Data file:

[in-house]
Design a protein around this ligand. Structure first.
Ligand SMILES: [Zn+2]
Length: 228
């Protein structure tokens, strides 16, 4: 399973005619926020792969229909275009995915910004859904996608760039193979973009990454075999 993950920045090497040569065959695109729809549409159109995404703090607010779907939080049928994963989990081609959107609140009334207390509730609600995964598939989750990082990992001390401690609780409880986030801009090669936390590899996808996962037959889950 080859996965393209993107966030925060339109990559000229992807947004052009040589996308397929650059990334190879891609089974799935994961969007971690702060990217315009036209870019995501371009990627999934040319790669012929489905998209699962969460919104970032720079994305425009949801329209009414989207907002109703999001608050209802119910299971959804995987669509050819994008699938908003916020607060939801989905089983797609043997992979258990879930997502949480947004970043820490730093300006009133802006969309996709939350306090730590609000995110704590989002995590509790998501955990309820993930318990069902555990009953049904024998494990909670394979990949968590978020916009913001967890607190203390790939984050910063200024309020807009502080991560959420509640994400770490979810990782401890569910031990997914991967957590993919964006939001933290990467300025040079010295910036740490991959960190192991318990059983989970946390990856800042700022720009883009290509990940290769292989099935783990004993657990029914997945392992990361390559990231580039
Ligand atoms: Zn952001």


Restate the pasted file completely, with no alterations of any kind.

[in-house]
Design a protein around this ligand. Structure first.
Ligand SMILES: [Zn+2]
Length: 228
């Protein structure tokens, strides 16, 4: 399973005619926020792969229909275009995915910004859904996608760039193979973009990454075999 993950920045090497040569065959695109729809549409159109995404703090607010779907939080049928994963989990081609959107609140009334207390509730609600995964598939989750990082990992001390401690609780409880986030801009090669936390590899996808996962037959889950 080859996965393209993107966030925060339109990559000229992807947004052009040589996308397929650059990334190879891609089974799935994961969007971690702060990217315009036209870019995501371009990627999934040319790669012929489905998209699962969460919104970032720079994305425009949801329209009414989207907002109703999001608050209802119910299971959804995987669509050819994008699938908003916020607060939801989905089983797609043997992979258990879930997502949480947004970043820490730093300006009133802006969309996709939350306090730590609000995110704590989002995590509790998501955990309820993930318990069902555990009953049904024998494990909670394979990949968590978020916009913001967890607190203390790939984050910063200024309020807009502080991560959420509640994400770490979810990782401890569910031990997914991967957590993919964006939001933290990467300025040079010295910036740490991959960190192991318990059983989970946390990856800042700022720009883009290509990940290769292989099935783990004993657990029914997945392992990361390559990231580039
Ligand atoms: Zn952001």